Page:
PLA, or polylactic acid, is a biodegradable and bio-based thermoplastic polymer derived from renewable resources like corn starch, cassava, or sugarcane. It is a popular alternative to petroleum-based plastics, such as polyethylene or polypropylene, due to its more environmentally friendly properties.
PLA is produced by fermenting plant sugars to produce lactic acid, which is then polymerized to create polylactic acid. The resulting material can be processed and shaped using methods similar to those used for traditional plastics, such as injection moulding, extrusion, and thermoforming.
PLA’s features and characteristics include the following:
PLA is biodegradable and can break down under industrial composting conditions, typically within a few months to a couple of years. However, it does not decompose as quickly in home compost piles or in landfills, where conditions might not be optimal for biodegradation.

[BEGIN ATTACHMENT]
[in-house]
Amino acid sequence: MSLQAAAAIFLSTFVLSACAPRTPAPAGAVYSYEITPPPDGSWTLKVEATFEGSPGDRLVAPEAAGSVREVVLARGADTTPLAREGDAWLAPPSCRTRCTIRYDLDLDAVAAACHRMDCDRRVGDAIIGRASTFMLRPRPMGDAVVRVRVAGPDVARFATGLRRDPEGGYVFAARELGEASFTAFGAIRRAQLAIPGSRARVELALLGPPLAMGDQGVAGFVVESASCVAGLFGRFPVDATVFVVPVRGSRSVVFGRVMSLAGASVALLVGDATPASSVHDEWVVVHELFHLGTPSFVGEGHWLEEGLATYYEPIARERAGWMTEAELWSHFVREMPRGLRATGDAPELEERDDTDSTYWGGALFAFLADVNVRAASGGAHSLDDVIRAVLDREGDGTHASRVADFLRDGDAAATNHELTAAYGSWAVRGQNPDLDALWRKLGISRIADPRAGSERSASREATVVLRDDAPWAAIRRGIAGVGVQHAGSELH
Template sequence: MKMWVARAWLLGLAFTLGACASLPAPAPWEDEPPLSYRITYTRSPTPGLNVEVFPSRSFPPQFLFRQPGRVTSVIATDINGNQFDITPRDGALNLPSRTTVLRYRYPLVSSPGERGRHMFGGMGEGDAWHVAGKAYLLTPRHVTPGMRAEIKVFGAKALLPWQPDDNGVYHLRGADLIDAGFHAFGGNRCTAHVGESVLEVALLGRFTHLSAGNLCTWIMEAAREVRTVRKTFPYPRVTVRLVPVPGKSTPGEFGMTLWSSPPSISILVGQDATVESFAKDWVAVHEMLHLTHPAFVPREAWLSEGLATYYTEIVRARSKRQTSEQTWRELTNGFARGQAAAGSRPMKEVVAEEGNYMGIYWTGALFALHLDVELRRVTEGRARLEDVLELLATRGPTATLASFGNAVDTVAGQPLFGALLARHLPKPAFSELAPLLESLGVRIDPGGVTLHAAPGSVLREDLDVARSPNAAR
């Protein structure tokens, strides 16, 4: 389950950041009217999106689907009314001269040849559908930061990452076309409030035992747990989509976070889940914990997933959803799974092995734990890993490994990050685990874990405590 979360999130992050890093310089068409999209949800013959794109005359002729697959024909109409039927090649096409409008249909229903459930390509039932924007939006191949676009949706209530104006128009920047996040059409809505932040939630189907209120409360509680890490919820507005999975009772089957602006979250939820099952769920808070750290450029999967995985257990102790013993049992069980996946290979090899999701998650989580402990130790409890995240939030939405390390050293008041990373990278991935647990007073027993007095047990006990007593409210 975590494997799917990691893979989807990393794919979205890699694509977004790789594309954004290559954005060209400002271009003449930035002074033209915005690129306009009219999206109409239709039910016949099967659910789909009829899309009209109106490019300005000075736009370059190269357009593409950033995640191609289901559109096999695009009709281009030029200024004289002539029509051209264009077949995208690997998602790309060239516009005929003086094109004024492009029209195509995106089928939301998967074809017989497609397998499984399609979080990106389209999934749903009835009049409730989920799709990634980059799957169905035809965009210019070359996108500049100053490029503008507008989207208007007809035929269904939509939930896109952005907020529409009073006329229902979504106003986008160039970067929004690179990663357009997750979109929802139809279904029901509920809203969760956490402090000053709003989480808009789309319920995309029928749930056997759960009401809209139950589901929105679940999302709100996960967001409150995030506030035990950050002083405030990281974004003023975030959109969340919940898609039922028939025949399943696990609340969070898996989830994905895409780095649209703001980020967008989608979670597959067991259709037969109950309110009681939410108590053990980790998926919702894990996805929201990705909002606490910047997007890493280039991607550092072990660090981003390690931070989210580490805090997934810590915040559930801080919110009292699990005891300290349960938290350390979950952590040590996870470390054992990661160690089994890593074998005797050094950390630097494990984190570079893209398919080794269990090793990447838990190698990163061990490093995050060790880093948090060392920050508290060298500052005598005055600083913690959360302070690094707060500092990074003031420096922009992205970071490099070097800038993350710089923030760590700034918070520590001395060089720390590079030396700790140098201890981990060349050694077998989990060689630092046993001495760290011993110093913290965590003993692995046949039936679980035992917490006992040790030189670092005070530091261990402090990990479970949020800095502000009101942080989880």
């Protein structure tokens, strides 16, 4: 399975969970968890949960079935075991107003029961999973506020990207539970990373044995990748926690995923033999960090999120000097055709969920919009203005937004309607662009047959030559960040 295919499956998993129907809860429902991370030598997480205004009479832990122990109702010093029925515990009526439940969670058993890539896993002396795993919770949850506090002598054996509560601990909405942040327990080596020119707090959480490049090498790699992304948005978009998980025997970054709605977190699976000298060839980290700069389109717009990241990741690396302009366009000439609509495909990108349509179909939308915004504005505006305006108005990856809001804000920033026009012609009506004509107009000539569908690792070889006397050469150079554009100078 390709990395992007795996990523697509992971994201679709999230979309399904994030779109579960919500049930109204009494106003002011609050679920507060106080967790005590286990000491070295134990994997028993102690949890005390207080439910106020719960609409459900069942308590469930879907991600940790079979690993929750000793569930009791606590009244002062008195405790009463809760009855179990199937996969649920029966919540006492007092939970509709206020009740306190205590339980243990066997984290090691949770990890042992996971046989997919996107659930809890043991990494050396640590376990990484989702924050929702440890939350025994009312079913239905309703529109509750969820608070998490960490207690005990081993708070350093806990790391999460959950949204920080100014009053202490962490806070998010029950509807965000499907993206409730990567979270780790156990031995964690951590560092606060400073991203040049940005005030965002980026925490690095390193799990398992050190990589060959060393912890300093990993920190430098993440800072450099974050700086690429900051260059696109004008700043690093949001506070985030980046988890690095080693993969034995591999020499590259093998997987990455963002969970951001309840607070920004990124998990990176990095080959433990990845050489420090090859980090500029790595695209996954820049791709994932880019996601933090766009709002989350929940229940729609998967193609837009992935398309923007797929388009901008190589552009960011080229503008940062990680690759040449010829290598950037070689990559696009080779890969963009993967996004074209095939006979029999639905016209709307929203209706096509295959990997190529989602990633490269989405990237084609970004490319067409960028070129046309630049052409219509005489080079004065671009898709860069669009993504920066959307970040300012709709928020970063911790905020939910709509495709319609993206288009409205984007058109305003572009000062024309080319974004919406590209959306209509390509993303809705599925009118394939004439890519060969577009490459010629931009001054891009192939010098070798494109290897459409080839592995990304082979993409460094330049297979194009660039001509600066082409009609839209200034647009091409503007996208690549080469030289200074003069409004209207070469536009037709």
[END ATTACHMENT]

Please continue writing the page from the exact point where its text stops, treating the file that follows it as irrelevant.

Lower Carbon Footprint Resource
Since PLA is derived from renewable resources and its production process emits fewer greenhouse gases compared to petroleum-based plastics, it has a lower carbon footprint.
PLA can be used in a wide range of applications, including food packaging, disposable cutlery, agricultural films, 3D printing, medical implants, and textiles.
PLA is considered safe for food contact applications and is often used for disposable cups, plates, and cutlery, as well as food packaging.
PLA has a lower melting point and is more sensitive to heat and moisture compared to traditional plastics. This makes it less suitable for high-temperature or high-stress applications.
While PLA is considered a more environmentally friendly alternative to petroleum-based plastics, it is essential to note that its biodegradability is highly dependent on specific conditions, such as temperature, humidity, and the presence of microorganisms. Proper disposal, including industrial composting, is necessary to ensure the environmentally friendly decomposition of PLA products.